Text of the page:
01/25/2011, 00.00
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Pope expresses sorrow as Moscow finds itself more vulnerable, intolerant after airport massacre

by Nina Achmatova
The Pontiff sends a telegram to President Medvedev. After the Domodedovo airport attack, Russian police and intelligence services come in for criticism for failing to prevent the airport attack less than a year since the Moscow metro bombing. Now many fear an escalation of tensions involving immigrant communities from the Caucasus. Religious leaders appeal for unity.

Moscow (AsiaNews) – Pope Benedict XVI expressed his “profound sadness and strong reprobation for the grave act of violence” that occurred in Domodedovo Airport yesterday. In a telegram to Russian President Dmitry Medvedev, the Pontiff offered his “fervid prayers [. . .] for the broken lives” and “a special thought for those who were wounded”.

Just ten months after the metro station attack of 29 March, Moscow has sadly become used to be hit by terrorism. However, what happened yesterday in Domodedovo, the first major attack against an airport in Russia’s history, raises questions about Russian intelligence and security forces.

Following a well-rehearsed script, the authorities said the suicide attack was carried out by people from the Caucasus, women most likely, as was the case in the Moscow metro station attack of last March when two ‘black widows’ killed 40 commuters.

After a head was found, early indications suggest the attacker had Arab features. The suicide bomber carried 7 kilograms of TNT, but not in a suitcase as first thought since the blast did not produce a crater in the international arrivals hall.

Although Russian authorities accuse Arab mercenaries of backing rebel forces in the Caucasus, the human remains found at the scene of the blast might be those of a militant from that region. Some investigators continue in fact to believe in a Chechen connection.

The Kremlin’s immediate reaction was to promise an iron-fisted response against the culprits. Prime Minister Vladimir Putin however played the role of the concerned father caring for his nation. In a statement, he called on his ministers to do their utmost for the wounded and the victims’ families, putting aside for once the usual bellicose rhetoric he is known to use in such cases.

Intelligence blamed

When Russia woke up this morning, a day after the Domodedovo massacre (35 dead), it found itself more tense and uneasy, especially since the attack was almost pre-announced. Security forces revealed that they knew about an upcoming attack against a Moscow airport. Indeed, they were looking for three suspects who were however able to get inside Domodedovo to observe their accomplice set off the explosion before they fled the scene.

This was a humiliating failure for a government and a country were security checks have become an obsession. President Medvedev, whilst announcing special security measures for airports, train and metro stations, blamed the incident on a lapse in antiterrorism security.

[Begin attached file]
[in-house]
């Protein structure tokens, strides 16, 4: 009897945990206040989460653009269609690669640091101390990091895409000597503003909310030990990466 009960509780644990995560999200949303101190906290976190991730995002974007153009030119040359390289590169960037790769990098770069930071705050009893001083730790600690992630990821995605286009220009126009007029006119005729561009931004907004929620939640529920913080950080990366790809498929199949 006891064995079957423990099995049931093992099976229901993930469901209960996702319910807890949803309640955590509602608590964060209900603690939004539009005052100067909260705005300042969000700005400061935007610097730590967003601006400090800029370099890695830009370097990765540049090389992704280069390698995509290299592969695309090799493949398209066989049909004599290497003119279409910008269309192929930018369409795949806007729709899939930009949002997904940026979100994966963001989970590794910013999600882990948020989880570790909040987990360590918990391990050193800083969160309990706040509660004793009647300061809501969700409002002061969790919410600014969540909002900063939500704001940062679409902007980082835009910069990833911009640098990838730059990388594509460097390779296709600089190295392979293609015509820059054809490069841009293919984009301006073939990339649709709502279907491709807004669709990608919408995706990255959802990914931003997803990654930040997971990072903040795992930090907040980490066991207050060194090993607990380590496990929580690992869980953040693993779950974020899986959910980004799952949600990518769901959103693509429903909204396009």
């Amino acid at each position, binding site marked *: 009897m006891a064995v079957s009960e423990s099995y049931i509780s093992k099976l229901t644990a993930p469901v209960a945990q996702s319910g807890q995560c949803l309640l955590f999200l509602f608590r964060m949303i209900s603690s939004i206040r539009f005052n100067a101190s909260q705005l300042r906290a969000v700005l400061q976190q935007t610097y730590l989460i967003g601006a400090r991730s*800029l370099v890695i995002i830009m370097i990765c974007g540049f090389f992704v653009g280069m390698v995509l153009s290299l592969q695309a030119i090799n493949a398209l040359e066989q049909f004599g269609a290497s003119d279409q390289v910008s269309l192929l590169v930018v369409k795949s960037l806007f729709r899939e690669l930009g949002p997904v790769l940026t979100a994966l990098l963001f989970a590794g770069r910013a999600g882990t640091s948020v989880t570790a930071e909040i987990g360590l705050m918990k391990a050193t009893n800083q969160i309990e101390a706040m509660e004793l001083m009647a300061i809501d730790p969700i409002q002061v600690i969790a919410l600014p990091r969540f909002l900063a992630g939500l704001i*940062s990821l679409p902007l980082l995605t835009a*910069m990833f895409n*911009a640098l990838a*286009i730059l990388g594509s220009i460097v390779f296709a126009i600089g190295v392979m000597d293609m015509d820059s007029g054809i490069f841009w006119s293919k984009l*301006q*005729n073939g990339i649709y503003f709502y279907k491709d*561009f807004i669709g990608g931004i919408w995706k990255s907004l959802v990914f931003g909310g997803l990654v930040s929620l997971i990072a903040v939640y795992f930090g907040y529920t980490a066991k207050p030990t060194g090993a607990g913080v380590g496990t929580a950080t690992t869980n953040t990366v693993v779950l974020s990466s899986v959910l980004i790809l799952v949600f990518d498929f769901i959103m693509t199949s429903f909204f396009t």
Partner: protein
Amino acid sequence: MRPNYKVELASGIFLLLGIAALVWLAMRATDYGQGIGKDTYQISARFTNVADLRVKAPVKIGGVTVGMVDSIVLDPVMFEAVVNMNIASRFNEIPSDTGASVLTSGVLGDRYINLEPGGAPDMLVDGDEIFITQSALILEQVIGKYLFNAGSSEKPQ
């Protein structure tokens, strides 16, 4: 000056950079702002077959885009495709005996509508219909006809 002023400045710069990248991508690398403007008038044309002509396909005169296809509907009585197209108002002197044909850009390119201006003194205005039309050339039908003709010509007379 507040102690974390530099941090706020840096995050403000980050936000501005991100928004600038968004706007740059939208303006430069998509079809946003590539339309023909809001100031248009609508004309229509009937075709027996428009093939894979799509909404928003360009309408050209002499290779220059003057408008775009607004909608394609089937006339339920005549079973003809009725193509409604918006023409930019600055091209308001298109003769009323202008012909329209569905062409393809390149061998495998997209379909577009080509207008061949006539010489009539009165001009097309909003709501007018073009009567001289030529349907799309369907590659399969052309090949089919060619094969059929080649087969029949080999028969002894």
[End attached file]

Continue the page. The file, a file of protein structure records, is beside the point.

Some analysts have not excluded the possibility of an underground war among security forces. For others, the event might lead to calls for the return to the Kremlin of a strongman like Vladimir Putin after a weakened Medvedev appeared powerless under the bright lights of TV cameras.

Religious leaders call for unity

The attack is likely to have an effect on Moscow’s already tense interethnic relations. Back in December, police clashed under the walls of the Kremlin with 5,000 nationalist fans chanting anti-immigrant slogans.

On Saturday, ultranationalist leader Vladimir Zhirinovski said people from the Caucasus did not know how to work or study, and that they took over everything and did not respect the law.

All this is fuelling Islamic extremism and separatism in the predominantly Muslim Caucasus republics of Dagestan and Ingushetia, where the population is increasingly dissatisfied with Moscow, seen more like an oppressor than a guarantor of peace and development, as Putin would like it to be.

For this reason, Christian and Muslim religious leaders reacted right away, calling for unity. “Such criminal aggression has no justification,” said Kirill, patriarch of Moscow and All Russia. “Now we must all be united to fight these inhuman attacks against innocent people,” he added. Describing the attack as “a monstrous crime”, he stressed that human life is a gift from God and such attacks are not only an outrage against human beings but also against their Creator.”

The head of the executive committee of the Russian Association of Islamic Concord, Muhammedgali Huzin, said, “We shall never tire reiterating our demand for tougher punishment for those who attack the life of innocent people, trying to sow hatred in our multiethnic and pluralist Russia.”

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